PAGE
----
It was exciting to see what Krishna DK and Raj Nidimoru, who directed The Family Man’s first two seasons, would do next after the show’s huge success. So far, their performance in films and television shows has been erratic.
Farzi is worth seeing for its excellent performances by Amol Palekar, Shahid Kapoor, Vijay Sethupathi, and Kay Kay Menon.
The subject is novel, but it lacks excitement.
Because chasing terrorists and various enemies of the country is far more exciting than a currency counterfeiting operation, the eight-part series requires padding with family drama and emotional heart tugs.
Sunny (Shahid Kapoor) was raised by his grandfather (Amol Palekar), his best friend Firoz (Bhuvan Arora), and a family friend Yasir (Chittaranjan Giri).
Even today, the grandpa’s daily newspaper, Kranti Patrika, gives him a sense of purpose and fulfilment.
Despite his talent, Sunny can only make a living by selling paintings to bargain-hunting idiots on the street. Sunny devises a brilliant plan to create counterfeit currency by combining his artistic abilities with those of Firoz and Yasir, both skilled printers, in order to keep the press from going out of business due to mounting debts.
Meanwhile, rogue cop Michael (Vijay Sethupathi) is determined to put an end to the country’s counterfeit currency circulation. He meets a like-minded soul in Reserve Bank employee Megha (Raashii Khanna), who has the technical knowledge to detect counterfeit notes and wants to join the special task force with the unfortunate acronym CCFART, formed to apprehend the counterfeiters.
Mansoor Dalal (Kay Kay Menon) is the operation’s mastermind, ruling from an opulent mansion in Jordan.
Sunny’s notes are so well made that they fool the machines and an app that Megha helped develop to detect counterfeit currency.
Mansoor will eventually discover Sunny and Firoz and hire them to create counterfeit currency notes for him. Sunny is won over when he pays for her grandfather’s brain surgery, but once her basic needs are met, his greed becomes apparent.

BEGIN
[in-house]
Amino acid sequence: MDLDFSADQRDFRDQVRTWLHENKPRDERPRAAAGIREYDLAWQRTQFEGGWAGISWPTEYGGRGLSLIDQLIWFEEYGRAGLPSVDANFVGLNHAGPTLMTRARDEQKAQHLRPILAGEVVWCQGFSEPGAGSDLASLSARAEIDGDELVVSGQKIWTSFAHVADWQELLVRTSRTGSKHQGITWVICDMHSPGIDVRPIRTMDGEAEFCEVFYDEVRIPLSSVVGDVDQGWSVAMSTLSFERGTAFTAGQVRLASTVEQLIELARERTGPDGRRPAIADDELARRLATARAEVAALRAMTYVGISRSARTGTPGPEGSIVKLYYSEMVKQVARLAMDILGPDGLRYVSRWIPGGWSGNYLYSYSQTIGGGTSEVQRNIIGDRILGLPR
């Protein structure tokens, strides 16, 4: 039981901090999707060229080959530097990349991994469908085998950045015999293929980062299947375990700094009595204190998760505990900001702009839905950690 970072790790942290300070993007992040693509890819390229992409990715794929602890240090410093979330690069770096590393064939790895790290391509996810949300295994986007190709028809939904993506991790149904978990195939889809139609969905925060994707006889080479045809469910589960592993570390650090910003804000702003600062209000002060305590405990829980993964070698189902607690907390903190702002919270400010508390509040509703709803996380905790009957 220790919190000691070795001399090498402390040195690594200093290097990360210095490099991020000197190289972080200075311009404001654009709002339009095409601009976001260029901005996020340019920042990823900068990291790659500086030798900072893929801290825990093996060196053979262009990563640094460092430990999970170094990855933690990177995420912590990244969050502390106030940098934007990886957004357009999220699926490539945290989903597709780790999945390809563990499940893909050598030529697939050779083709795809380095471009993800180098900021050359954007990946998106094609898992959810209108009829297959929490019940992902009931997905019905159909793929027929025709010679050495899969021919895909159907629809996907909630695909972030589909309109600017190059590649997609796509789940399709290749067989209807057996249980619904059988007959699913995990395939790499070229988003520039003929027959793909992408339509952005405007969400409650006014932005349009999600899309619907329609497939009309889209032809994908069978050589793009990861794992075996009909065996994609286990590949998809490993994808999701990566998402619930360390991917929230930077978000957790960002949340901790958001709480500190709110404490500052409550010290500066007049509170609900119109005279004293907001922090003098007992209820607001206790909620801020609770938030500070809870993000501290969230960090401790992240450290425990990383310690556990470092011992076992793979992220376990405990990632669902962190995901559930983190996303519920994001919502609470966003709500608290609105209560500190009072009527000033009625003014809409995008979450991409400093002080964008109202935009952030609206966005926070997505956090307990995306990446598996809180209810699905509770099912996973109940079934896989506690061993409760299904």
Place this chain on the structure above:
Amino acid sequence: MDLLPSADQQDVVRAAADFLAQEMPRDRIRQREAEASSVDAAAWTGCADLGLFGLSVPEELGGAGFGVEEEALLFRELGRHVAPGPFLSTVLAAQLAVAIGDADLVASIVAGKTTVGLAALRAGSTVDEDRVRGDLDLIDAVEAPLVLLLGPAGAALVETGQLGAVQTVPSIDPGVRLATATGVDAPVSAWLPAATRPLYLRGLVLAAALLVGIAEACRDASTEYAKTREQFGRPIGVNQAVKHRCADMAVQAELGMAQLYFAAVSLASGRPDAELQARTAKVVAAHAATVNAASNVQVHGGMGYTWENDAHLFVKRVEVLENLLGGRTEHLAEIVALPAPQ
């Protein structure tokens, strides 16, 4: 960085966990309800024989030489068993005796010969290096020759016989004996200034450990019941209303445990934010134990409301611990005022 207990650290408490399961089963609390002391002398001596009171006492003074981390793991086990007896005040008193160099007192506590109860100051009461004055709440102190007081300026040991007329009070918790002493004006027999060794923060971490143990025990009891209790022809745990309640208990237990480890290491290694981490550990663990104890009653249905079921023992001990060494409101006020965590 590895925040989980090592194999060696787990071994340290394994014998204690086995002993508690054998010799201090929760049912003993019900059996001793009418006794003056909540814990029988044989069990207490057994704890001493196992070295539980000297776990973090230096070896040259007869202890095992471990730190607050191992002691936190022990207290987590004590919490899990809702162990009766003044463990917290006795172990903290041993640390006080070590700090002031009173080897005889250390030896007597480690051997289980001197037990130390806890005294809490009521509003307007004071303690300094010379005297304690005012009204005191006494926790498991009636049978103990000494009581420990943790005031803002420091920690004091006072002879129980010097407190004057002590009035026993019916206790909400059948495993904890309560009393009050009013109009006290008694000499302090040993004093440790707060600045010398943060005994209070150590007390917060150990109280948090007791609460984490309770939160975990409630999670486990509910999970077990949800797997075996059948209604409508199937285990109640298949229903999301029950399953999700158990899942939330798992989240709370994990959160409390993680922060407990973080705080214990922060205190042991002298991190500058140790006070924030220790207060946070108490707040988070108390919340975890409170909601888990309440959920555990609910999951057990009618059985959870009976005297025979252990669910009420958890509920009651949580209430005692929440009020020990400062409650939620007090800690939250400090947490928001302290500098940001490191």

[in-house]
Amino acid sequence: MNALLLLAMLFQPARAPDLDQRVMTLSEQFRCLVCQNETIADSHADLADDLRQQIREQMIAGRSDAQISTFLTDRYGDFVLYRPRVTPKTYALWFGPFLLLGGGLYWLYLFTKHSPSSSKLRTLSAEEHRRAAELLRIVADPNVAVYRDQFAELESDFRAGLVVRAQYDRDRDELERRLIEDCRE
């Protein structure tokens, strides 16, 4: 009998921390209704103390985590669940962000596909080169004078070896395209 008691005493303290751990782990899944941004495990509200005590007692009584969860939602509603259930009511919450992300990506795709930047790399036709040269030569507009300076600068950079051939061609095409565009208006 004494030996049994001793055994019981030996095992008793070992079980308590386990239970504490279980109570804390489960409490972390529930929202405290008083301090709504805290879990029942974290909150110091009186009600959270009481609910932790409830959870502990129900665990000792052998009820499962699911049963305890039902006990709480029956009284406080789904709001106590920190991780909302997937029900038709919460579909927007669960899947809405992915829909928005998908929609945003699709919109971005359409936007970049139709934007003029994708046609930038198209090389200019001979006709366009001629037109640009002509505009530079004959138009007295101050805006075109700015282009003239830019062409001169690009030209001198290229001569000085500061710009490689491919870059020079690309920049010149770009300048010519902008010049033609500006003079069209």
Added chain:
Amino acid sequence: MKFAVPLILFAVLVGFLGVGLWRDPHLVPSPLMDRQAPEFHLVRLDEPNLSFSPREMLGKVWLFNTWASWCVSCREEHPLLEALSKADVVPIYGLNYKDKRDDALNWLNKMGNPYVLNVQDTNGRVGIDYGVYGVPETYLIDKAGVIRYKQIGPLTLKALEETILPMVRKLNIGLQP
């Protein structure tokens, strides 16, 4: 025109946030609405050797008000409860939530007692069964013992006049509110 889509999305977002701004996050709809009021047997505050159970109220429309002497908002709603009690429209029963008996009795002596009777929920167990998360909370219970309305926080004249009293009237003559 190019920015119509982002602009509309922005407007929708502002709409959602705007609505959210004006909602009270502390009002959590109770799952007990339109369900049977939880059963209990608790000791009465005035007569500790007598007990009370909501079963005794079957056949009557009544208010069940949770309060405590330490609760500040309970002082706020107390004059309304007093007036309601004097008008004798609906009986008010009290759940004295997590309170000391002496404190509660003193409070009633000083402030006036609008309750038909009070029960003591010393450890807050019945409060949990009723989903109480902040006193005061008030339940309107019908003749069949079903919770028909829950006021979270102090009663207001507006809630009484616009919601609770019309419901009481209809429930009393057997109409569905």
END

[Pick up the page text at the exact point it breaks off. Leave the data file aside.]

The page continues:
The plot (co-written by Raj, DK, Sita R Menon, and Suman Kumar) stays in the thriller genre, but there are some great sequences, such as when the protagonists use a true story about a ship on its way to Alang running aground at Juhu beach to smuggle a large amount of currency into India (north west Mumbai). Michael’s nerdy kid is the one he wants to “turn into a man,” but the show is distracted by his troubled marriage to Rekha (Regina Cassandra).
In order for Sunny to be aware of the task force’s activities, the plot also relies on the lazy convenience of Sunny easily wooing Megha.
Each episode lasts an hour and alternates between exciting and boring.
When both Vijay Sethupathi and Kay Kay Menon appear in the plot, the show’s energy level rises.
Mansoor is hilarious as a haughty thug with pretensions and a ‘Vincent Van Goog’ on his wall, and Michael captures the character’s rage and wicked wit as he blackmails a minister (Zakir Hussain) to get what he wants.
It’s difficult to sympathise with Sunny because he can’t even blame his criminal behaviour on being anti-establishment.
It’s strange that the middle-class man aspiring to be an artist sounds like he’s straight out of the tapori.
Shahid Kapoor’s performance is too showy until the very end, when he finally gets it together and captures the nuances required to carry the role.
We can only hope that Season 2 will put his skills to the test even more.
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